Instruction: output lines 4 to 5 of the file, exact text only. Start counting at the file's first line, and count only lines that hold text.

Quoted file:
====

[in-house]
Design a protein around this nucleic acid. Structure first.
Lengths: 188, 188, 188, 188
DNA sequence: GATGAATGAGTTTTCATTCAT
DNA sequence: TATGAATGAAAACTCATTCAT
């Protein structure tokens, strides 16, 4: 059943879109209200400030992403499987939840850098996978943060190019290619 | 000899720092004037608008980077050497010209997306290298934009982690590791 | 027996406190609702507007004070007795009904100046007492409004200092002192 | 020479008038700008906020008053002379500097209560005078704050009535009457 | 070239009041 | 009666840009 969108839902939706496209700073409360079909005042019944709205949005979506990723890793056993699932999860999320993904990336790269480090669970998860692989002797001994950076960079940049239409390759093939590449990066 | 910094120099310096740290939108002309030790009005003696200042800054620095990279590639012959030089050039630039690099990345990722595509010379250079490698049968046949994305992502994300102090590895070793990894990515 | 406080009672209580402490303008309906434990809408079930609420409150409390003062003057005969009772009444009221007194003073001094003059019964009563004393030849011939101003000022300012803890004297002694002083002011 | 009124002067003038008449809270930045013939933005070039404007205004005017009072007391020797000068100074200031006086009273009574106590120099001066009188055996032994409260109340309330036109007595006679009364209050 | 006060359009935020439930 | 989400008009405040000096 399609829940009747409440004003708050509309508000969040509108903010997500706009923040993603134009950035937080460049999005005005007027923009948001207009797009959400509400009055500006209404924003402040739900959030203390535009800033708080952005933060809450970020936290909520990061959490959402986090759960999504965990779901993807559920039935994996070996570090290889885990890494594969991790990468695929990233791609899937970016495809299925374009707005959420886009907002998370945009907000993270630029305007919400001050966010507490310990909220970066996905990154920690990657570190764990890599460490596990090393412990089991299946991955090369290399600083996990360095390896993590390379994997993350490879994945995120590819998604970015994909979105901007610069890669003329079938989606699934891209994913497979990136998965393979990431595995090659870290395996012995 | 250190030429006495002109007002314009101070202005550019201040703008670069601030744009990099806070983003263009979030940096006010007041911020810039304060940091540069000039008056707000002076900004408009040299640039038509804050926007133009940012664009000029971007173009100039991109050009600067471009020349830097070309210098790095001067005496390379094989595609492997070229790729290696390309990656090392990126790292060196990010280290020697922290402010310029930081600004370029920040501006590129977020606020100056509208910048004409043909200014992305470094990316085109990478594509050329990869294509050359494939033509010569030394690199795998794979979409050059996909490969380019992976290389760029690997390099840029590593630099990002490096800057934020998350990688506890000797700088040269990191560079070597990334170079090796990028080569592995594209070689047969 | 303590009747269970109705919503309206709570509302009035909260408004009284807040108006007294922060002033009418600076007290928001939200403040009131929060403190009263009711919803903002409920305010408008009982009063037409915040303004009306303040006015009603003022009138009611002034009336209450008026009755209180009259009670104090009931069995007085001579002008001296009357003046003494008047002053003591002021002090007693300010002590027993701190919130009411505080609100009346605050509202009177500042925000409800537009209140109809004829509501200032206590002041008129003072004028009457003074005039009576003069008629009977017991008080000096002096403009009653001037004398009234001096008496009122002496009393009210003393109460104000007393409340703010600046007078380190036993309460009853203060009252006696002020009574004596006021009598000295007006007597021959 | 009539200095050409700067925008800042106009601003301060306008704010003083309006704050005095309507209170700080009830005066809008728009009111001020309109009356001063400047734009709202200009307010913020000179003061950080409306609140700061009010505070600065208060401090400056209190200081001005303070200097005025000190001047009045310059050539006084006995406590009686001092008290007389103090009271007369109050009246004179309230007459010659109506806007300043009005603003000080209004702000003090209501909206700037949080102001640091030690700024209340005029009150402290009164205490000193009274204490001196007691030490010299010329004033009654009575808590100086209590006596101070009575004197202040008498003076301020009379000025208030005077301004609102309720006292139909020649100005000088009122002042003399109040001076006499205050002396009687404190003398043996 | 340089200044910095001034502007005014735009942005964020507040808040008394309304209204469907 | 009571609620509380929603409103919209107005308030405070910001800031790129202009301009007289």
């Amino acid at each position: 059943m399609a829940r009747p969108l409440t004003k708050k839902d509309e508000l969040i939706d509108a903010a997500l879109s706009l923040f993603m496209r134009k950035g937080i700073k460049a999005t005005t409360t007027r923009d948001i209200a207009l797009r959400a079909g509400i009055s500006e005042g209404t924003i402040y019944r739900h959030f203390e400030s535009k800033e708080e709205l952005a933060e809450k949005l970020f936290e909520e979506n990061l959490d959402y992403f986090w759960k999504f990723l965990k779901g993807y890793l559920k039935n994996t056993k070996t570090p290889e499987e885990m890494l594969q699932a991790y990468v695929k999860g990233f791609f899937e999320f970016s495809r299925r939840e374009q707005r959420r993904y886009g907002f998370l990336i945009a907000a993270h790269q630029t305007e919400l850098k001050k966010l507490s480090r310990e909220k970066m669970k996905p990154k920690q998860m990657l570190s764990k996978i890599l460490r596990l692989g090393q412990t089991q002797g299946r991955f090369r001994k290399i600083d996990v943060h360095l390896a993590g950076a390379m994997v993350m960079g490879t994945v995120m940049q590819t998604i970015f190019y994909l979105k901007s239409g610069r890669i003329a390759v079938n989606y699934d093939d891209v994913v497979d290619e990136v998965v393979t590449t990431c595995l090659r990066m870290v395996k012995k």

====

DNA sequence: GATGAATGAGTTTTCATTCAT
DNA sequence: TATGAATGAAAACTCATTCAT